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21 Incredible Minimalist Movie Posters

Tag: MMA suspensions

According to Alistair Overeem, Alistair Overeem Will Be Fighting in December


(As Dennis Reynolds once said, “I’m not gonna take no for an answer, because I just refuse to do that. Because I’m a winner, and winners… we don’t listen to words like ‘no,’ or ‘don’t,’ or ‘STOP!”) 

Either our math is a little off, or Alistair Overeem has literally gotten so strong that he can both fly and alter the very fabric of time using the power of his centrifugal forces. Because, according to a recent tweet sent out by “The Reem,” the former Dream and Strikeforce heavyweight champion will be back in action this December, despite the fact that he received a nine month suspension just under two months ago:

Well at least he gave you fair warning, Amish communities of Florida.

As he was told in his April hearing, the earliest Alistair could reapply for his license would be December 27th, meaning that the earliest he could compete would be in the UFC’s always loaded New Year’s Eve card, exactly one year after he demolished Brock Lesnar at UFC 141.

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UFC 141 Medical Suspensions: Lesnar Gets 6 Months, Takes Out Frustrations on Cameraman


(I bet if that cameraman had been The Undertaker, Lesnar would have just let him do his job. Video props via MiddleEasy.)

OK, so maybe the above video was taken in the aftermath of Brock Lesnar’s first round TKO loss to Alistair Overeem, but we imagine he had a similar reaction when informed by the Nevada State Athletic Commission that he must have an abdominal injury cleared by a doctor before he can compete in any physical activity for the next 6 months. Remember, given his recent retirement, the “physical activity” that Lesnar would be limited from would be his two favorite things, illegally tag-and-bagging mule deer and “getting on top of his wife.” Livestrong, Mr. Lesnar. BTW, that was kind of a dick move, shoving a poor cameraman like that. Way to go out with class.

But Lesnar was not the only fighter who walked out of UFC 141 facing a possible 6 month suspension. Nate Diaz, who, after out landing Donald Cerrone by over 150 strikes, somehow faces a longer suspension than that of “The Cowboy” — Diaz must have his right eye cleared by an ophthalmologist or will also be out of action until June 28th.

Join us after the jump for the full list. 

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Chael Sonnen Placed Under Indefinite Suspension by CSAC; Hearing Set for May 18th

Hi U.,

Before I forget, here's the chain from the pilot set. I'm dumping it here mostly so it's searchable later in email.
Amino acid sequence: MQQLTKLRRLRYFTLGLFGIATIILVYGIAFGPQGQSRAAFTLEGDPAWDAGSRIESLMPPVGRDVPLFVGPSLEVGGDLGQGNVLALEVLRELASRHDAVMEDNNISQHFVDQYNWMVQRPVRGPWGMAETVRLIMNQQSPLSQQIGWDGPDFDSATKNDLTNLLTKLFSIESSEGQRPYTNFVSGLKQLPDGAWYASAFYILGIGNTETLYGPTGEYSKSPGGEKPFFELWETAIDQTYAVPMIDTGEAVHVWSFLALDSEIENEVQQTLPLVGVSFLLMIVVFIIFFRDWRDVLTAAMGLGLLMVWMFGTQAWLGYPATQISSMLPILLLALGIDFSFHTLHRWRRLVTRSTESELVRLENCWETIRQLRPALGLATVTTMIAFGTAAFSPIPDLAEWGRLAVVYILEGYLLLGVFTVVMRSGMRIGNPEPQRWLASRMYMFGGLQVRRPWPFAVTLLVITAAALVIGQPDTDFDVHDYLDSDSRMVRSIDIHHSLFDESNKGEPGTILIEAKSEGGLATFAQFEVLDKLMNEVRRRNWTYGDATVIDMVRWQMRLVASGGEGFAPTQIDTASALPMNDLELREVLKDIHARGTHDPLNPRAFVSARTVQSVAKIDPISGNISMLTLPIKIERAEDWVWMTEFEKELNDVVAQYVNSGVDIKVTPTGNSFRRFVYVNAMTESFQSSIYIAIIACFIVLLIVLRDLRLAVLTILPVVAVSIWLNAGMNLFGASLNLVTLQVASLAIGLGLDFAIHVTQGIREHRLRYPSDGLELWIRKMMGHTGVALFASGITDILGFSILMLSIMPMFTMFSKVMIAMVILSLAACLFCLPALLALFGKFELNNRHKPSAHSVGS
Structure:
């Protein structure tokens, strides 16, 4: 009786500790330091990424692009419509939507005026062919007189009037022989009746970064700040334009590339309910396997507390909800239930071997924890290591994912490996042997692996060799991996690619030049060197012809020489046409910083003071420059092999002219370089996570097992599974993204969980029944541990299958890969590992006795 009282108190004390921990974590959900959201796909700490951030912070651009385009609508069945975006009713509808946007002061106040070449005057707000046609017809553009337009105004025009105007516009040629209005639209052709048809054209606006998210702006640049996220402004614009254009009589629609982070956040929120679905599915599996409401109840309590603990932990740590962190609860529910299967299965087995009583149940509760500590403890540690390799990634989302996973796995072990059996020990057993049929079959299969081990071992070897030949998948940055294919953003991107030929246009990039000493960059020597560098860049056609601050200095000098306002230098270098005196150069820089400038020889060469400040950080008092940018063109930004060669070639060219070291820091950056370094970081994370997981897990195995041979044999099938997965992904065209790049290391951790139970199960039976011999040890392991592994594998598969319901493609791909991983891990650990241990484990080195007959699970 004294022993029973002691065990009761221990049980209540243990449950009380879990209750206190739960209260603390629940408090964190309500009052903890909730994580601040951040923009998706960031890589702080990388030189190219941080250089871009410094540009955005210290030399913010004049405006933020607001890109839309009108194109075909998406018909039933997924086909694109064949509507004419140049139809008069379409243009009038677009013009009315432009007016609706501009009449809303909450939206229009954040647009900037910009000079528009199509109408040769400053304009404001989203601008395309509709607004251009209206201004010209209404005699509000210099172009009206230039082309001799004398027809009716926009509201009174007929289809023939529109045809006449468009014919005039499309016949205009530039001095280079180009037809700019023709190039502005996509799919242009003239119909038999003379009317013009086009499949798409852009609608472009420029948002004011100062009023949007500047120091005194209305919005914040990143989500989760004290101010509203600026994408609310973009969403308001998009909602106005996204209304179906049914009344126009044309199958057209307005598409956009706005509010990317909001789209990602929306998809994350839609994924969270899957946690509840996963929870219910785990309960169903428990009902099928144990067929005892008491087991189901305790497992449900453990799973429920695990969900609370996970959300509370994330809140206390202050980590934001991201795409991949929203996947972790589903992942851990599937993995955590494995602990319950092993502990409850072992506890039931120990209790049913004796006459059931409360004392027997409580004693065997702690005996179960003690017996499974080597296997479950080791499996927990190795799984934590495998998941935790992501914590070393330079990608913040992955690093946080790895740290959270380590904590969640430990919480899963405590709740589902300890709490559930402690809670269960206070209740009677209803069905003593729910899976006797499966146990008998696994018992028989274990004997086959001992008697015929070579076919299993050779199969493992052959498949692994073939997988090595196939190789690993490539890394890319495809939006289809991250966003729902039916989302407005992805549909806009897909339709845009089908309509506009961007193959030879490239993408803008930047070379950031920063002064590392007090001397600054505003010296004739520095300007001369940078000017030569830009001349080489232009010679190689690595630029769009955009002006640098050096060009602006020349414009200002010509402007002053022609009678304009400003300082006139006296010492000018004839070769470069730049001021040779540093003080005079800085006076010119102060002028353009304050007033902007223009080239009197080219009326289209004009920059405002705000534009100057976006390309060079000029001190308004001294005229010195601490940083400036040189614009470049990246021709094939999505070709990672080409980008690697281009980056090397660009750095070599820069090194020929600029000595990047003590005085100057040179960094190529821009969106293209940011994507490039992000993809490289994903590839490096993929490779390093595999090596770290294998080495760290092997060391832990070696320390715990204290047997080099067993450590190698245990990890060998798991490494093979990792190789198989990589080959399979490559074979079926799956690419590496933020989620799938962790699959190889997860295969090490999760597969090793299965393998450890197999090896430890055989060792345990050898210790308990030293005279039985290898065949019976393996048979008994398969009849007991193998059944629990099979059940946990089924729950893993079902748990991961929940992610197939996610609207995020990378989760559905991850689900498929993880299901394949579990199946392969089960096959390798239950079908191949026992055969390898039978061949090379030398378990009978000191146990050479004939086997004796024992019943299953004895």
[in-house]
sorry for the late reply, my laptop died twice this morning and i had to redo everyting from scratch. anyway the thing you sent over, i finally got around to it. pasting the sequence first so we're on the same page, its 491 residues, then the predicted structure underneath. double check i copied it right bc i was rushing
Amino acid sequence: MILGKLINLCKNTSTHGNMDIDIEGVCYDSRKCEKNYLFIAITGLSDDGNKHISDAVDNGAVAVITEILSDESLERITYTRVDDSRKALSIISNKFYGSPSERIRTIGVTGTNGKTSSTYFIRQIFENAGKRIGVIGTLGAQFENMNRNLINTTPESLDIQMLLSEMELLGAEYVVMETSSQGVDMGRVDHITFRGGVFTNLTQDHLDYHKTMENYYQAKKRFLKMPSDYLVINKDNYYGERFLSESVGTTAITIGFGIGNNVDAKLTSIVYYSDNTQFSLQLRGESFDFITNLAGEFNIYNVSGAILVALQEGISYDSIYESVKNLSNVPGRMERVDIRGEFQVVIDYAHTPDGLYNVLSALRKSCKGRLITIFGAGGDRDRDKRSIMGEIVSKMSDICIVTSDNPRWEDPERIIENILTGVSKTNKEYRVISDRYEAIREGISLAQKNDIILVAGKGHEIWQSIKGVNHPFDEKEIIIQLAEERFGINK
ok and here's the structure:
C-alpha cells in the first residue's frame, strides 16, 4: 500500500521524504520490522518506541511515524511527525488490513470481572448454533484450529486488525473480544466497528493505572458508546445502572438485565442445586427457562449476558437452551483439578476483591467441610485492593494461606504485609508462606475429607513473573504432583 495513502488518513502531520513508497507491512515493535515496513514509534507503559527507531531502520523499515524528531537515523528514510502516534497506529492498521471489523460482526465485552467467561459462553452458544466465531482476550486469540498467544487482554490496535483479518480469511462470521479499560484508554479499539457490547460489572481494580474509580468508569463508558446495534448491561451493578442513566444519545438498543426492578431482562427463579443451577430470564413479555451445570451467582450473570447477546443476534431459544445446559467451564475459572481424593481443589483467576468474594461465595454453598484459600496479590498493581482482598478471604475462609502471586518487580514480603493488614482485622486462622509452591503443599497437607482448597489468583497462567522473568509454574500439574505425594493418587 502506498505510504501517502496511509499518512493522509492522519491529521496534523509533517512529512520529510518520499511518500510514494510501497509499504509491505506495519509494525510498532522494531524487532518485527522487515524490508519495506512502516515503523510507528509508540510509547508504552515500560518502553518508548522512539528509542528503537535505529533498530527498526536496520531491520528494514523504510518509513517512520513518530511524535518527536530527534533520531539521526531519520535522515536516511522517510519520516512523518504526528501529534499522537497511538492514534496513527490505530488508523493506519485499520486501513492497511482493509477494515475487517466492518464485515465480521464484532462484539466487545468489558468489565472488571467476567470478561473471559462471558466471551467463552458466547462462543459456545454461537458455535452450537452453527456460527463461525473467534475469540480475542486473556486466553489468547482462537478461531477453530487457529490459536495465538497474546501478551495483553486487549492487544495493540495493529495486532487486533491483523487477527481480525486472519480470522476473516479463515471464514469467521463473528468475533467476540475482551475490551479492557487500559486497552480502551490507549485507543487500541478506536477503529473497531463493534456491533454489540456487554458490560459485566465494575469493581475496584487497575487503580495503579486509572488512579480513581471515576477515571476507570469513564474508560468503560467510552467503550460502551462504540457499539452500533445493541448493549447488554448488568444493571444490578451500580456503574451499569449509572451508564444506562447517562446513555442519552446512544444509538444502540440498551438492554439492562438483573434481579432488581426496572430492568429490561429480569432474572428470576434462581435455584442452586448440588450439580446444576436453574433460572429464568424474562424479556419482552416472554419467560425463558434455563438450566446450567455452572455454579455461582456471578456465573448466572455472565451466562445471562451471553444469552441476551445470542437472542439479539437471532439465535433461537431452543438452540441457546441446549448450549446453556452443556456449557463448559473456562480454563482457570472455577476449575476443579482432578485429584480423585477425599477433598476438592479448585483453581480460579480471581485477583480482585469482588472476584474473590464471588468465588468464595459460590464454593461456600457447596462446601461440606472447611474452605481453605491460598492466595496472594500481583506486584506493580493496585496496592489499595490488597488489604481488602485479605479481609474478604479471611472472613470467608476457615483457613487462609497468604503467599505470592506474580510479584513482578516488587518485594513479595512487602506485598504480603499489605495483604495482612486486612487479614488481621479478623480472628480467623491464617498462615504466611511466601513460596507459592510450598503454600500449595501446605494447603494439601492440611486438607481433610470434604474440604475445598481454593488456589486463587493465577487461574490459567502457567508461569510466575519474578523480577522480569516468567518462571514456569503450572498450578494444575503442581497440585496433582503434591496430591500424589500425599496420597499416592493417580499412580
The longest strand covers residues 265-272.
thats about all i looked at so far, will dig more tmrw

(Ignoring your problems won’t work forever.)

Even though Chael Sonnen completed his six-month suspension from the California State Athletic Commission back in March,  the CSAC isn’t quite ready to forgive and forget. MMA Weekly reported yesterday that Sonnen has been placed on an indefinite administrative suspension, pending a special hearing on May 18th. And why is California continuing to persecute America’s Greatest Hero? Says CSAC executive director George Dodd, “It’s based off two things. One, his pleading guilty to his felony conviction up in Oregon, as well as possibly providing false testimony during his hearing back in December.”

If you’ll recall, Sonnen originally claimed that he’d received approval for testosterone therapy from NSAC executive director Keith Kizer, then changed his story in the most ludicrous way possible when Kizer denied ever talking to him.

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Rousimar Palhares’s History of Assholishness Contributed to UFC 111 Suspension


(Rousimar Palhares vs. Helio Dipp, 3/10/07. Dipp passes out at 2:06. Palhares lets go at 2:10. Despite the peppy soundtrack, nobody appears to be very happy about it.)

If you’re a UFC fighter who competes every four months, a 90-day suspension is a fairly empty gesture. Still, we have to give some props to the New Jersey State Athletic Control Board for making it officially known that holding onto a submission after the referee has stopped the fight is, at the very least, frowned upon. So why did they decide to make an example out of Rousimar Palhares, following his heel hook of Tomasz Drwal at UFC 111? Turns out, holding onto subs well past the point of necessity is a bad habit for "Toquinho":

“When a referee’s in there pulling three times and the other fighter’s tapping…I think everybody knows, regardless of language issues or anything, at that point the referee’s trying to stop the fight,” [NJSACB counsel Nick] Lembo told Sherdog.com on Monday…"A referee should not have to use that much force to release a heel (hook)," Lembo wrote…
 
Lembo said Palhares’ past adherence to [holding submissions to eliminate any dispute that the other fighter tapped] is part of what led to his decision. He reviewed Palhares’ submissions of Helio Dipp and Flavio Luiz Moura in Brazil in 2007 before Saturday’s fight and thought those holds were held too long as well.  “If you watch those two fights, that concerned me,” Lembo said. “He’s very, very slow after the referee physically intervenes, as in this case. I think Palhares in an outstanding fighter with an outstanding future. Maybe this will send a message that his camp can discuss this with him and maybe alter it a little bit.”
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